The business behind environmental sustainability
Embracing environmental sustainability can boost your image with customers, employees and potential recruits, but the benefits go beyond good public relations.
Many organizations are discovering that environmental sustainability efforts make good business sense. Sustainability and environmentally friendly operations can be more cost-efficient and help reduce waste.
“Our efforts over the years have shown us the impact we can have, not just on the environment, but on our business,” says Andrea Mardock, vice president and environmental programs manager at U.S. Bank.
Here are some ideas for how to embrace environmental stewardship at your own organization:
Harvest the cost-effective benefits of going green
First, aim for projects that fit your existing budget. There are simple steps you can take that require little to no additional budget.
Good places to start? Educate corporate teams on the need to conserve energy, and reduce business travel to shrink your organization’s carbon footprint.
“There are several things you can do to be more environmentally responsible without making a significant investment,” Mardock says. “A company can accomplish a great deal with the resources it currently has.”
Commit to gradual investment and effort
Once your organization starts to benefit from initial efforts, it’ll be easier to generate enthusiasm to do more, such as investing in motion sensor lighting or solar panels.
“It ends up saving or making you money in the end, whether through improved market share, positive reputation or cost efficiency,” Mardock says.
If an organization sees substantial benefits, they could designate a specific team member to lead sustainability efforts. “It’s definitely a benefit to have a subject matter expert to guide and coordinate efforts,” Mardock says.
Having a point person to keep projects moving has helped U.S. Bank achieve results. We've reduced our emissions by 41 percent as of year-end 2019, which means we've reached our initial reduction target ten years early. This is part of an effort to reduce operational greenhouse gas emissions by 40 percent by 2029, and by 60 percent by 2044, using as our 2014 baseline.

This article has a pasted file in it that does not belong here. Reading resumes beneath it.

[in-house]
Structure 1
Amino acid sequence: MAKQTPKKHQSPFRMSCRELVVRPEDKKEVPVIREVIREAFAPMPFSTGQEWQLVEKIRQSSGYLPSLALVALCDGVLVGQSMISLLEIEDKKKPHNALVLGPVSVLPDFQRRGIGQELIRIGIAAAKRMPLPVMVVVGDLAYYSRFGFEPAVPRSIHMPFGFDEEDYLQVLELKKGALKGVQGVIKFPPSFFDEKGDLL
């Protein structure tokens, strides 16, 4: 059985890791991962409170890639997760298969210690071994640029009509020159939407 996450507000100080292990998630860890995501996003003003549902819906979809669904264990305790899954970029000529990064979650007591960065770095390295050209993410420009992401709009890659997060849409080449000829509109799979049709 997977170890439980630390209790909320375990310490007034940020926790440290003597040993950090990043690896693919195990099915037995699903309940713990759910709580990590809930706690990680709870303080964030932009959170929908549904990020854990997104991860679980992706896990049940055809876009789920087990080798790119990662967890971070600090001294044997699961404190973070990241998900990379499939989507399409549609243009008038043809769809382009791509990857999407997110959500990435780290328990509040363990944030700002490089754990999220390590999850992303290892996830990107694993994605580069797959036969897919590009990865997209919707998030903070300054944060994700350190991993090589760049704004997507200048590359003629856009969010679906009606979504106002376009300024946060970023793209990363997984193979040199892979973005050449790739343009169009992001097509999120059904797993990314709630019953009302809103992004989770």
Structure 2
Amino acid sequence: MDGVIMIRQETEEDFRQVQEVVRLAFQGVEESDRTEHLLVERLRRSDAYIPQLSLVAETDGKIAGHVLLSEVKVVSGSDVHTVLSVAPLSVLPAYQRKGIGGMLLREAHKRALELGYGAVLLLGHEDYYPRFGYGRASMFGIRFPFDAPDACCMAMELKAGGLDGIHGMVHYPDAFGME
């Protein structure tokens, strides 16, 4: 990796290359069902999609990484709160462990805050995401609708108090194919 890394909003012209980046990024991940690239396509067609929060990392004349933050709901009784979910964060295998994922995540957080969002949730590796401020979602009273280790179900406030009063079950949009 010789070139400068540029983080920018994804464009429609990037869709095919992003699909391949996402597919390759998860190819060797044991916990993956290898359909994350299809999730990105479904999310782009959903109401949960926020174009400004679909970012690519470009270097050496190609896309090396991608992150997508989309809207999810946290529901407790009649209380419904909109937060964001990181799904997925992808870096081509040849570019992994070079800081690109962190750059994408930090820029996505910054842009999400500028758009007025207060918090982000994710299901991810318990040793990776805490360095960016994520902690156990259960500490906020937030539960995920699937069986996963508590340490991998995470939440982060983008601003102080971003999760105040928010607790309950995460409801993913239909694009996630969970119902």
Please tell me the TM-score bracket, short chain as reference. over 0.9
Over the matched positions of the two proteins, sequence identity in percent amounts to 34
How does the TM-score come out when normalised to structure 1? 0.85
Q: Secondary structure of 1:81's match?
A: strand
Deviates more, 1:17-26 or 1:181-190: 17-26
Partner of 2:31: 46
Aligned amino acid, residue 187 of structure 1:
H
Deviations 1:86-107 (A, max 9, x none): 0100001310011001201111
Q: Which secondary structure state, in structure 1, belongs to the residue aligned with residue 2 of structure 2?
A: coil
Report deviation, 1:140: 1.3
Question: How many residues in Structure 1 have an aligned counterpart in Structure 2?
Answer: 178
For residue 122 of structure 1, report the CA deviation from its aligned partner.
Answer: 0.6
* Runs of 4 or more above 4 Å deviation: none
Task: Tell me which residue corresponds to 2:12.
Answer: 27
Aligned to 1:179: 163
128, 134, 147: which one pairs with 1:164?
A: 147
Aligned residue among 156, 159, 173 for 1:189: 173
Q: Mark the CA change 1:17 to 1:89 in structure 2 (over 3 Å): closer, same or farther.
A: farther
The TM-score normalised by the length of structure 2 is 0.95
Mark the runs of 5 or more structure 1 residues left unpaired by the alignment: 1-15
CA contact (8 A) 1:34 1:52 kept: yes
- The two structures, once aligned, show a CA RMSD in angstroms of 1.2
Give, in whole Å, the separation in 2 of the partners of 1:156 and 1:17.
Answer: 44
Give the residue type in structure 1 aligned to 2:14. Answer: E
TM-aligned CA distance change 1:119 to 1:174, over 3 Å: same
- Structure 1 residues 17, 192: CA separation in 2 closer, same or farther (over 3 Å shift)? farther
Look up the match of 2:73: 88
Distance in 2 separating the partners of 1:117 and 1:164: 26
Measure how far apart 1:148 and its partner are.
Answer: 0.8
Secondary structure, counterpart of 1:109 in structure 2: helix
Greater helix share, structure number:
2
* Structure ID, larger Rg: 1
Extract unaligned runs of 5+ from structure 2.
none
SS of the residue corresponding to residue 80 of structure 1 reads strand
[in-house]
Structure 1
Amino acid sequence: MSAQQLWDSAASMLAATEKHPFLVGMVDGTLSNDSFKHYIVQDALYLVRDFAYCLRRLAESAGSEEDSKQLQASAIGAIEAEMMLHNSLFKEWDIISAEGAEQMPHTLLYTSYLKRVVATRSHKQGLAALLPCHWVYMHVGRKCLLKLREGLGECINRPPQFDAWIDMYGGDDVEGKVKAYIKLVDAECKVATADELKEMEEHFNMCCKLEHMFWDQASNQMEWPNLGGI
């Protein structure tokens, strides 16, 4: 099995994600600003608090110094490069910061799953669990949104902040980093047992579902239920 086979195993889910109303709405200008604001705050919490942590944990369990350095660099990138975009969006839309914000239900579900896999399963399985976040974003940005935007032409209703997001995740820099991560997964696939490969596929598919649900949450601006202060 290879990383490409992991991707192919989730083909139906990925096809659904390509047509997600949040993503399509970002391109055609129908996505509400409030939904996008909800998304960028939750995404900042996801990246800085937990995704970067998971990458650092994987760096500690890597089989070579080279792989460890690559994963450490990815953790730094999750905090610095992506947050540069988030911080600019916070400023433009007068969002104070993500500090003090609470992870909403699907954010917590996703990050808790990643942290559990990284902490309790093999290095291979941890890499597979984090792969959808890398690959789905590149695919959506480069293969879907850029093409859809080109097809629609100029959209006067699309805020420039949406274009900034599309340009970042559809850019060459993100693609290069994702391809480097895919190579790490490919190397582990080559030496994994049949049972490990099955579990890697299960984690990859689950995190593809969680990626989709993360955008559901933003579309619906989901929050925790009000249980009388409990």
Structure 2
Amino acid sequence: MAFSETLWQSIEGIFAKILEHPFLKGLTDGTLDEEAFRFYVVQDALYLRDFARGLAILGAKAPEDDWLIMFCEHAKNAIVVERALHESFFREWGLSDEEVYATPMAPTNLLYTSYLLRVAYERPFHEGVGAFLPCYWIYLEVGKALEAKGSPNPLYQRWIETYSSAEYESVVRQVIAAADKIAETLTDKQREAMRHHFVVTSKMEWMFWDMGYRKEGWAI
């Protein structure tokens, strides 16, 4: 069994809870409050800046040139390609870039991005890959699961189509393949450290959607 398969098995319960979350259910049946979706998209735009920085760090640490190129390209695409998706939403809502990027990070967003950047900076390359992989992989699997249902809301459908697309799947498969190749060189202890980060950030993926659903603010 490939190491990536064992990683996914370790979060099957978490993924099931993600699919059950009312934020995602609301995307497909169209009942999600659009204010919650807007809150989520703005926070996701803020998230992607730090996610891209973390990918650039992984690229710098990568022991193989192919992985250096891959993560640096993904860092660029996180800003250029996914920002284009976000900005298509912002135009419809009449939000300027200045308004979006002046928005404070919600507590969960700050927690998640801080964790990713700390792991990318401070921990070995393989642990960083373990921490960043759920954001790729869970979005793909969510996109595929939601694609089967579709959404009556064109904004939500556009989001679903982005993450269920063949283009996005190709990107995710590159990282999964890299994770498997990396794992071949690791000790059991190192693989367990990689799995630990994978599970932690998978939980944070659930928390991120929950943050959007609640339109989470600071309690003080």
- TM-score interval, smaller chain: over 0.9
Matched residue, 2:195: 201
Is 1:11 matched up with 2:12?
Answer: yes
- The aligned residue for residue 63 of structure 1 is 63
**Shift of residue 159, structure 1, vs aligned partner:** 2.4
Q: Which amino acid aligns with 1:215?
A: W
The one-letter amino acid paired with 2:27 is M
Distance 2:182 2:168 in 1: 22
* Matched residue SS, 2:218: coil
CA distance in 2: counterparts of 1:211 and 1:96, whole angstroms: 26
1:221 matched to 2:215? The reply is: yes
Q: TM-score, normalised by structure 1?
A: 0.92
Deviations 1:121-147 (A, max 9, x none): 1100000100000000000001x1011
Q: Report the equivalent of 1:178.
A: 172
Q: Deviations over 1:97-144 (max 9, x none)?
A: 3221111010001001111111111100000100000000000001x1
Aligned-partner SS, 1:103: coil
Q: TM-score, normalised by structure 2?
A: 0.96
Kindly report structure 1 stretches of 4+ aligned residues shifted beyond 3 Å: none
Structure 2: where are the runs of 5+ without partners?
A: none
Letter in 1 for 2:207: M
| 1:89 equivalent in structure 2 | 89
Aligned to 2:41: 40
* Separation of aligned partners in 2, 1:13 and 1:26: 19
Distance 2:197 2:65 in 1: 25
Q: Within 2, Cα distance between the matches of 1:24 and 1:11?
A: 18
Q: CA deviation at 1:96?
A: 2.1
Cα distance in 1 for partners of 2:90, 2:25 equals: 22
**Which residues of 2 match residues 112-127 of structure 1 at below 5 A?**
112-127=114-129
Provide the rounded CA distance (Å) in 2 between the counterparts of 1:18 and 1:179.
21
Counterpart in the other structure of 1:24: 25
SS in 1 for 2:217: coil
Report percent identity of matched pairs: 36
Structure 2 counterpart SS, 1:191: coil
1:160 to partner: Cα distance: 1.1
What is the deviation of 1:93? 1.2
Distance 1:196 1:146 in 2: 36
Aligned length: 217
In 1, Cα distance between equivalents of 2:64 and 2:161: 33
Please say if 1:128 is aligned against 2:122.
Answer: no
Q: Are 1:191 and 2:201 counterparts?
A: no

Make your banker an ally
What if your sustainability plans cost more than your current budget allows? Look for alternative financing options.
For instance, specialized alternative energy equipment financing can help organizations deploy solar fuel cells, clean fuel cells, micro-turbines, combined heat and power systems, wind assets and renewable energy cogeneration systems.
Many financial institutions offer financing that can help an organization maximize the benefits of going green. For example, in 2019, U.S. Bank invested over $1.2 billion in renewable energy, which is part of an overall commitment to environmental financing. Since 2008, we have invested more than $36 billion in environmentally beneficial business opportunities.
In addition, investments in sustainable technology can offer tax credits. “Companies can not only protect the environment, but they may earn an attractive tax benefit,” says Mardock.
Seek outside validation
A third-party evaluation of your efforts can help build trust with your community while also validating your work. However, certifications often involve cost. That makes it important to be selective. You can start by meeting the standards of one or two well-respected outside groups.
For example, U.S. Bank joined the CERES Company Network, a nonprofit focused on integrating sustainability into capital markets. Through this partnership, we engage with more than 50 companies on environmental issues.
“It’s important to show value to stakeholders when you’re discussing your environmental initiatives,” Mardock says. “When your company works to make a difference, both employees and customers can share the news that they’re connected to an organization that’s helping protect the planet.”
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